However, consider now if your account is drawn down by 25%, now you need to make 33%, the remaining account has to grow by a third in order to get back to where you were. Or worse yet, if your account is drawn down to 50%, you need to double the size of your remaining account in order to get back to where you were. Pretty terrifying, isn’t it?

So, how do these two tables fit together? Let’s go back to the losing streak table and let’s consider the 1% probability where you can have 8-9 losing trades in a row.

Now yes, 1% is a very low probability. But again, you’re trading 250 days a year, so I would suggest that that 1% probability factor is going to hit you once, maybe twice, during the year. For those one or two occasions where you have a losing streak of eight to nine trades, your account has to be able to survive.

Let’s consider a scenario where on every trade, you are risking 5% of your account. When you get this eight to nine trade losing streak, if on every trade you are risking 5% of your account, your account — and I’m simplifying by not compounding, but your account will go down as much as 40%!

And if your account has gone down 40%, you need to make 67% on the remaining balance to get back to where you were. Now bear in mind, this might happen to you once or twice a year. So, once or twice a year, your account could get cut nearly in half and you will have to make two-thirds return on the remaining account to get back to where you were.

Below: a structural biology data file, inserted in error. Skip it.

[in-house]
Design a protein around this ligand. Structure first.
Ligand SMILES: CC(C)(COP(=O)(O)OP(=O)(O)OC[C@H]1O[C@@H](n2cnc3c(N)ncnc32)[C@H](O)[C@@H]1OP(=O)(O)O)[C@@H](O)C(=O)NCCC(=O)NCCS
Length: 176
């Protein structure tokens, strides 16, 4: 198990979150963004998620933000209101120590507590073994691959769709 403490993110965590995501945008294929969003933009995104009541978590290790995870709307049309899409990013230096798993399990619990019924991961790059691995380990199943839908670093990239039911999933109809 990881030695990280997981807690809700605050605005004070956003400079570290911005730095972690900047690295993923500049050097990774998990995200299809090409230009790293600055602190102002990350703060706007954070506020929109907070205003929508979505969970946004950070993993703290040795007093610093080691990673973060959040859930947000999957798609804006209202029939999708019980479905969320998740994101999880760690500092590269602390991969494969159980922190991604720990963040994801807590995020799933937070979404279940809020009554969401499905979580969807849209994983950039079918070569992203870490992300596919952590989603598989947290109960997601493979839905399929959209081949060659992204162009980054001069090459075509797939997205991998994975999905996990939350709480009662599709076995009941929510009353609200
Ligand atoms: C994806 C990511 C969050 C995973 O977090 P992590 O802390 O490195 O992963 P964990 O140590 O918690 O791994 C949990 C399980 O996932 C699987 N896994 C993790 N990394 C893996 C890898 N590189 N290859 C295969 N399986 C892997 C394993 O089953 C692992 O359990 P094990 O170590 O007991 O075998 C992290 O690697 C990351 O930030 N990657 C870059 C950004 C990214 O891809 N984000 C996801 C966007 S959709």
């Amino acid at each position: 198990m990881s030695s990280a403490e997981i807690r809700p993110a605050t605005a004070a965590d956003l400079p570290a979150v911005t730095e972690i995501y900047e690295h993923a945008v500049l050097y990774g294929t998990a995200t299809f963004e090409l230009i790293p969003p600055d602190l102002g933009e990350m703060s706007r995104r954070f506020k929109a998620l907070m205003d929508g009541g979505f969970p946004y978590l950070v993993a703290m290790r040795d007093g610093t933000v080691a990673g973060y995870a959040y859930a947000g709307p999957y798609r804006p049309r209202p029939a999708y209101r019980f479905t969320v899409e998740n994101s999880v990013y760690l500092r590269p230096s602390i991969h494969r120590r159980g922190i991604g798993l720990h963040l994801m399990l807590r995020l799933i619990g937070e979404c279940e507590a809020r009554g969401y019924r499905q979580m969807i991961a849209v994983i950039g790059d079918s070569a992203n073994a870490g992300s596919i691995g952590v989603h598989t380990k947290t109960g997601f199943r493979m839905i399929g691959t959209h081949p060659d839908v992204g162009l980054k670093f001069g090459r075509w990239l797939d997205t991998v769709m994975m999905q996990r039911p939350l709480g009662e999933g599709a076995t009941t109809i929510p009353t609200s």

On the other hand, consider the scenario where you’re risking 1% on every trade. Now when you get an eight to nine trade losing streak — and let’s round it up, let’s say a 10-trade losing streak. Now, you’re losing 10%.

How much do you need to gain on the remaining account to recover?

You only need to recover 11% and that is very doable on a solid system, especially when you consider that losers and winners come in clusters. So if you’ve just gone through a series of 1% probability losing streak, odds are that this will be followed by a strong series of winners, and drawing down 10% on your account is eminently survivable.